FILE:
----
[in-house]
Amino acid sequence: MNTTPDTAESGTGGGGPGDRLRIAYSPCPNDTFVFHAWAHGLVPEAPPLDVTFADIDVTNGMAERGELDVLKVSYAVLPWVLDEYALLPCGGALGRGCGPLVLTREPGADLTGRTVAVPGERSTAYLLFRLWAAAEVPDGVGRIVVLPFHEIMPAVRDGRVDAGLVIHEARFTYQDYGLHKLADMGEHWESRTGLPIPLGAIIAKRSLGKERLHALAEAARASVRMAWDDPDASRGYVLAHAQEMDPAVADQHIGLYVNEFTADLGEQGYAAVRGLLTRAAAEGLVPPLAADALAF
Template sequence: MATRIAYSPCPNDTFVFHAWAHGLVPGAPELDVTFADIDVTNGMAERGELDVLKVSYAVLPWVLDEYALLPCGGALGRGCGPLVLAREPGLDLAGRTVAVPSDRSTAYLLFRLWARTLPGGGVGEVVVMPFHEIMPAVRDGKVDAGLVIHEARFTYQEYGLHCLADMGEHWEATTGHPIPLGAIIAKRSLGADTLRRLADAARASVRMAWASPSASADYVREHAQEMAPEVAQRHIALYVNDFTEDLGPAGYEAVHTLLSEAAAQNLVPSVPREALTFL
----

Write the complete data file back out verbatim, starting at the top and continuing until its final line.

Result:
[in-house]
Amino acid sequence: MNTTPDTAESGTGGGGPGDRLRIAYSPCPNDTFVFHAWAHGLVPEAPPLDVTFADIDVTNGMAERGELDVLKVSYAVLPWVLDEYALLPCGGALGRGCGPLVLTREPGADLTGRTVAVPGERSTAYLLFRLWAAAEVPDGVGRIVVLPFHEIMPAVRDGRVDAGLVIHEARFTYQDYGLHKLADMGEHWESRTGLPIPLGAIIAKRSLGKERLHALAEAARASVRMAWDDPDASRGYVLAHAQEMDPAVADQHIGLYVNEFTADLGEQGYAAVRGLLTRAAAEGLVPPLAADALAF
Template sequence: MATRIAYSPCPNDTFVFHAWAHGLVPGAPELDVTFADIDVTNGMAERGELDVLKVSYAVLPWVLDEYALLPCGGALGRGCGPLVLAREPGLDLAGRTVAVPSDRSTAYLLFRLWARTLPGGGVGEVVVMPFHEIMPAVRDGKVDAGLVIHEARFTYQEYGLHCLADMGEHWEATTGHPIPLGAIIAKRSLGADTLRRLADAARASVRMAWASPSASADYVREHAQEMAPEVAQRHIALYVNDFTEDLGPAGYEAVHTLLSEAAAQNLVPSVPREALTFL